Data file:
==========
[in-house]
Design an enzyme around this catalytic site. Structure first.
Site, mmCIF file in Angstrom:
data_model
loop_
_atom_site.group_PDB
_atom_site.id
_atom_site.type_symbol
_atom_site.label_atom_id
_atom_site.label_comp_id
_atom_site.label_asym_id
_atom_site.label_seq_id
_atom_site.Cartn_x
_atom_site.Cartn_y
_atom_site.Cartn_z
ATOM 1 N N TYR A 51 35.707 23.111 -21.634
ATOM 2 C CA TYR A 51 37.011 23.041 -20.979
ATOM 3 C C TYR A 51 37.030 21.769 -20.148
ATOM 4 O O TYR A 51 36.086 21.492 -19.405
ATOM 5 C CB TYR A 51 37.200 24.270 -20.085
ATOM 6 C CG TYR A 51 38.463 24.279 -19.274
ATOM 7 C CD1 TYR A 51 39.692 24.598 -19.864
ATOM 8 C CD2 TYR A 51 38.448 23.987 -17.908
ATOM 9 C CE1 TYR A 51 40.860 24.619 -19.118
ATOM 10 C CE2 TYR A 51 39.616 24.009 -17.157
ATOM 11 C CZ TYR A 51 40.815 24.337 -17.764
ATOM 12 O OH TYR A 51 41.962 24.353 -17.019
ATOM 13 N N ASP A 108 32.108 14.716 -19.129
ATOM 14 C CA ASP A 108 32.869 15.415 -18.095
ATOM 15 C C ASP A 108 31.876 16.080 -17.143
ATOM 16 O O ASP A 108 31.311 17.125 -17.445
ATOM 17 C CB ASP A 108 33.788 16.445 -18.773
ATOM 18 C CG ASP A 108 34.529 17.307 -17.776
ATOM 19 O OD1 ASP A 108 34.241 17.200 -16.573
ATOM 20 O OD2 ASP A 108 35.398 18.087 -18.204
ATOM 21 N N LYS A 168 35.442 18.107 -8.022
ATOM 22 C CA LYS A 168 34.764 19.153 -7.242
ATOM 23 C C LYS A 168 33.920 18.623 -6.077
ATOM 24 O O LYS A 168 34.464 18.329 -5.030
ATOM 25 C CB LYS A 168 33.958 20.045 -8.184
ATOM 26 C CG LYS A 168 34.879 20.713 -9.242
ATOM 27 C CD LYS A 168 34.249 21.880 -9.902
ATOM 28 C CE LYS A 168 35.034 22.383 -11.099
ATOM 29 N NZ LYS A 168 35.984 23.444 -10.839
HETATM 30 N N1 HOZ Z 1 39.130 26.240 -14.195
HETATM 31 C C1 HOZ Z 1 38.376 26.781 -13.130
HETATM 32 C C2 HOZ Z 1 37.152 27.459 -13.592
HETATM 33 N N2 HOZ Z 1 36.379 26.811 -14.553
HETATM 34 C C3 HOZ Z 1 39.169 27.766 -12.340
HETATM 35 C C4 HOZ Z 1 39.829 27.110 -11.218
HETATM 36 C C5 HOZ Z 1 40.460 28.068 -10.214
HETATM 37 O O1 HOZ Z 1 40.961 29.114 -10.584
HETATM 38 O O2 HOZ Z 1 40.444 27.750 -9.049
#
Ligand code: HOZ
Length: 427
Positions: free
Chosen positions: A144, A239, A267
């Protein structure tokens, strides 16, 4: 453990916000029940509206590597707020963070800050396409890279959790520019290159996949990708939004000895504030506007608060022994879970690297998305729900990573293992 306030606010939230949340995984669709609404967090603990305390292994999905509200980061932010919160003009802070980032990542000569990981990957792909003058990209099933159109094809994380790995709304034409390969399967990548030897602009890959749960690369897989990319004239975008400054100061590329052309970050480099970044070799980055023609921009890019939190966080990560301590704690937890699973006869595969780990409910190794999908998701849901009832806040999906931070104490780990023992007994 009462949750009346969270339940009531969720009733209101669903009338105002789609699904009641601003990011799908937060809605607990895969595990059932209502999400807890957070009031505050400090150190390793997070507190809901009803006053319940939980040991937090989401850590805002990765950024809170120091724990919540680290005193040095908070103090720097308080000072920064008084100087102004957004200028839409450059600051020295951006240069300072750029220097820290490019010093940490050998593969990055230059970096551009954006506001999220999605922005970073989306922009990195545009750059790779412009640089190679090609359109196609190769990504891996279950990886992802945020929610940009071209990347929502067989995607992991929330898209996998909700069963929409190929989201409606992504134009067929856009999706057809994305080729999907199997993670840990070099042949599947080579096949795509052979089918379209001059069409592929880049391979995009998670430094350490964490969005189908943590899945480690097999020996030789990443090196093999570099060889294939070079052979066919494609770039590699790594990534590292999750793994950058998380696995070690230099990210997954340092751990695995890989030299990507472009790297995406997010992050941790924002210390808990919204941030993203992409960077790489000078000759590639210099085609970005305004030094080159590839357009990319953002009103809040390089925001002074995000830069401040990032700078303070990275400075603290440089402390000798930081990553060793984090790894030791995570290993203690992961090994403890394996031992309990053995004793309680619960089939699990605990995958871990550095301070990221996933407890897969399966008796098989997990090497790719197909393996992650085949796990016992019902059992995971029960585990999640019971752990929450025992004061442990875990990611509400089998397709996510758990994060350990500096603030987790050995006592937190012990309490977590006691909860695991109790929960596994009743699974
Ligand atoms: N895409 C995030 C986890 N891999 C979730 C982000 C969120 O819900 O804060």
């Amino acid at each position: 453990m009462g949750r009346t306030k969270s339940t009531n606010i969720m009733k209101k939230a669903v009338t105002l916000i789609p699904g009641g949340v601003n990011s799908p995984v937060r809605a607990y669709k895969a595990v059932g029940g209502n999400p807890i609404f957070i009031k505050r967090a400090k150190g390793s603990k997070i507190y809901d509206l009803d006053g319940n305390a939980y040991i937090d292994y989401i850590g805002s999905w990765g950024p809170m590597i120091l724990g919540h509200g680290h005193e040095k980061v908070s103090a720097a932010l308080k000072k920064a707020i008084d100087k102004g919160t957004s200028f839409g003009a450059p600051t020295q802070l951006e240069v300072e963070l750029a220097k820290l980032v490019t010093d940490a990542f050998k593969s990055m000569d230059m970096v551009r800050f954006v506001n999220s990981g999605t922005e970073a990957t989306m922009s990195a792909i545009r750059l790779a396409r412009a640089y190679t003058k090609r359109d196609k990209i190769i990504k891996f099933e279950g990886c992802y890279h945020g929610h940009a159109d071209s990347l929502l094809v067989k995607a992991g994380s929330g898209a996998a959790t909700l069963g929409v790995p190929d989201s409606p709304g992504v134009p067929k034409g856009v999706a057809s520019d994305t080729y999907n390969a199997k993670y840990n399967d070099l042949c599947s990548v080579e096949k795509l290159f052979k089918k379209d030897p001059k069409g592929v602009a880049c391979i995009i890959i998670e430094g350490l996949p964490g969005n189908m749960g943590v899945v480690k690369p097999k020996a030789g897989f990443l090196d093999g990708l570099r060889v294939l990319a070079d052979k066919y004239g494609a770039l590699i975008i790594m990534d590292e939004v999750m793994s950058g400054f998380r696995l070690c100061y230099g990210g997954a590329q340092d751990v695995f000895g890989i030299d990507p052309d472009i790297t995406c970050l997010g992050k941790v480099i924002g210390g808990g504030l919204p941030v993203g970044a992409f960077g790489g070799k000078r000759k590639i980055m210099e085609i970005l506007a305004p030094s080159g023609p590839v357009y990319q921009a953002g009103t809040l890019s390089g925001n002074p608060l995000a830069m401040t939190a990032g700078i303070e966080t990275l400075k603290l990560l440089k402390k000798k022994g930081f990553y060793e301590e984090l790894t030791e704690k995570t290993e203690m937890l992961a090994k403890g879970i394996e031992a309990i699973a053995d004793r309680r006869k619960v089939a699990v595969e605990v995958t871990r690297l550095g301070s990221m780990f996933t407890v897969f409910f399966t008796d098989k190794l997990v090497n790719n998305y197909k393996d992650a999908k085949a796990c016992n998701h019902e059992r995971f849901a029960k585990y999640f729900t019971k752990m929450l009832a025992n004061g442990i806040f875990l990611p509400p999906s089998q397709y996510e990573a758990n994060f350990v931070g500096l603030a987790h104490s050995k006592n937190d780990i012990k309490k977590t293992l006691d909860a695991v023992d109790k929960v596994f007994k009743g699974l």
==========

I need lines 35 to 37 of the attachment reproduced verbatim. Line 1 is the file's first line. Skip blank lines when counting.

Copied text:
ATOM 20 O OD2 ASP A 108 35.398 18.087 -18.204
ATOM 21 N N LYS A 168 35.442 18.107 -8.022
ATOM 22 C CA LYS A 168 34.764 19.153 -7.242